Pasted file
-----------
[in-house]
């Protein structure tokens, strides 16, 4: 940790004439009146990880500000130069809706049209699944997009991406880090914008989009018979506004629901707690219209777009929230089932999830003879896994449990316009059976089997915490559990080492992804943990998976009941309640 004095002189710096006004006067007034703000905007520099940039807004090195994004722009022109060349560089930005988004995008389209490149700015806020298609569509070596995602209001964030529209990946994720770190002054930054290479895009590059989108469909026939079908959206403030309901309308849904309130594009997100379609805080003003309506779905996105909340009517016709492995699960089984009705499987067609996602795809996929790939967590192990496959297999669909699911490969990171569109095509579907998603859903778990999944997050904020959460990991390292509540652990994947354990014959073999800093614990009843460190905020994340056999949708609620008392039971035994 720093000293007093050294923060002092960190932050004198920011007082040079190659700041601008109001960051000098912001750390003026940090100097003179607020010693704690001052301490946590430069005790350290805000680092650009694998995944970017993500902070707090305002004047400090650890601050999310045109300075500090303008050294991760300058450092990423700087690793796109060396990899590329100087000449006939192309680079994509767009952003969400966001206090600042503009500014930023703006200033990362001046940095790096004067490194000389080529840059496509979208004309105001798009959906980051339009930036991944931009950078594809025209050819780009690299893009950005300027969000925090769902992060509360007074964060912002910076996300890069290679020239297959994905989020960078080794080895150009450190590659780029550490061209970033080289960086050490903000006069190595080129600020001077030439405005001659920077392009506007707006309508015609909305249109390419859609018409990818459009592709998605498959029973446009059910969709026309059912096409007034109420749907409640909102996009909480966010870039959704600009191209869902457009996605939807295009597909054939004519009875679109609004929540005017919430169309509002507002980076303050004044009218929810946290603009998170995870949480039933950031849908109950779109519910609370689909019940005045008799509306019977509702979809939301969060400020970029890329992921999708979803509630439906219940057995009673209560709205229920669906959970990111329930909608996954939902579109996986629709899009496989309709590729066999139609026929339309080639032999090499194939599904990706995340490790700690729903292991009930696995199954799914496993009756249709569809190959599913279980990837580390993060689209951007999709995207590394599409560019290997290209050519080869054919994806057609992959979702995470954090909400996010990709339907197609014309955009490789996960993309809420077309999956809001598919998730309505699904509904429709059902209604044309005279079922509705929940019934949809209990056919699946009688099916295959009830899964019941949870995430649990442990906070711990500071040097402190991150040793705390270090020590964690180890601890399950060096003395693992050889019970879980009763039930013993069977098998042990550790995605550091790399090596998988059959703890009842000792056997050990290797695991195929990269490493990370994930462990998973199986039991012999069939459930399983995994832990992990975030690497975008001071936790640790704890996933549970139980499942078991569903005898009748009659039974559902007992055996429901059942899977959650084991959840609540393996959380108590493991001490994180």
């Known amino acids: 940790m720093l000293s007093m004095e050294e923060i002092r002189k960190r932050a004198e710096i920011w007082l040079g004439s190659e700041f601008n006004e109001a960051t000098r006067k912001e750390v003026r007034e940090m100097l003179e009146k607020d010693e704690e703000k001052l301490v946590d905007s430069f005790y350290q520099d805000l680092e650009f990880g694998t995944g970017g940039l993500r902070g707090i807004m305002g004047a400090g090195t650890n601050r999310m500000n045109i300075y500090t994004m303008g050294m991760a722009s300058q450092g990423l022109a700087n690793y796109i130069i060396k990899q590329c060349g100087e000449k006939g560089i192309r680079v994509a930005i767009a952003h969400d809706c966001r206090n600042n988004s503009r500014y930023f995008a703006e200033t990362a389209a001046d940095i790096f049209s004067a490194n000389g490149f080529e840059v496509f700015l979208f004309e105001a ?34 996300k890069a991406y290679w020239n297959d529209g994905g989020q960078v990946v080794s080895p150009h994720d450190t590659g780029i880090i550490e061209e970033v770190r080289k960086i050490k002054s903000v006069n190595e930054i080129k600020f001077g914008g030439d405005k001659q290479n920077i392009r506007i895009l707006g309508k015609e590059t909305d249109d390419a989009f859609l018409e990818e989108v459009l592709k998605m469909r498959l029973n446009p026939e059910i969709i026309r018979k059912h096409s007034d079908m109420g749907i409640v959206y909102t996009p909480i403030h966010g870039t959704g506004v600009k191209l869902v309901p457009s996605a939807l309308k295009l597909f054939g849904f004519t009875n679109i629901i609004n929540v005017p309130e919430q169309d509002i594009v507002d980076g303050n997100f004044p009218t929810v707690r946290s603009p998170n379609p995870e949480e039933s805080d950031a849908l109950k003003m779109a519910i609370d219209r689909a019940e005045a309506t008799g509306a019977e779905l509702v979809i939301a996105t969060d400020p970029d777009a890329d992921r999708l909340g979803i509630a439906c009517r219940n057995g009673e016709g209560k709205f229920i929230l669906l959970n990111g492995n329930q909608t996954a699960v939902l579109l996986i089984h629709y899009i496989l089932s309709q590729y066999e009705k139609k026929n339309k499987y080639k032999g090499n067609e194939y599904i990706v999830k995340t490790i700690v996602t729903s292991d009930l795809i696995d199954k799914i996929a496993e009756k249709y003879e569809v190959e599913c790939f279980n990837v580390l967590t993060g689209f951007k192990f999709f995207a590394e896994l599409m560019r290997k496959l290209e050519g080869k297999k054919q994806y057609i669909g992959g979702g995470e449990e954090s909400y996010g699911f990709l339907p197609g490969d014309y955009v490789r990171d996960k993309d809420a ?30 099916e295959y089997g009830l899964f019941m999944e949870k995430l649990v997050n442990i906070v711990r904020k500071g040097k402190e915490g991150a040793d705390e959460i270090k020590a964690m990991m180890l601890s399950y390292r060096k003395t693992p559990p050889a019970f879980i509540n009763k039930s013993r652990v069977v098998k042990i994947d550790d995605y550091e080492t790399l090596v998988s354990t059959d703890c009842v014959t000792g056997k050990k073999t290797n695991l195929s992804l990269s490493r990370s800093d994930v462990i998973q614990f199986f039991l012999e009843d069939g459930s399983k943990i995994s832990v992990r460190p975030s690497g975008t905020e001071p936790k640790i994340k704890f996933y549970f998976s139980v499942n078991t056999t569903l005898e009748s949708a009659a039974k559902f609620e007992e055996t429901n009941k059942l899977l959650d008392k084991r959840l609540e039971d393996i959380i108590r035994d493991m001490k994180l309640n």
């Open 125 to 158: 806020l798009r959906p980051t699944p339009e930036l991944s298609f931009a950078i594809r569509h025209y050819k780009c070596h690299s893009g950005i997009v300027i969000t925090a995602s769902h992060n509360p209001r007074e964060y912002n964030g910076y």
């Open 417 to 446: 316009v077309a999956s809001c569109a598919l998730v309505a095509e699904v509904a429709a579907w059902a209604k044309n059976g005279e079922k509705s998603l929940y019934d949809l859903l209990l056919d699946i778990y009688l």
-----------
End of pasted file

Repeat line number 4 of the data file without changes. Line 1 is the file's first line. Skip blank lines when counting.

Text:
């Open 125 to 158: 806020l798009r959906p980051t699944p339009e930036l991944s298609f931009a950078i594809r569509h025209y050819k780009c070596h690299s893009g950005i997009v300027i969000t925090a995602s769902h992060n509360p209001r007074e964060y912002n964030g910076y």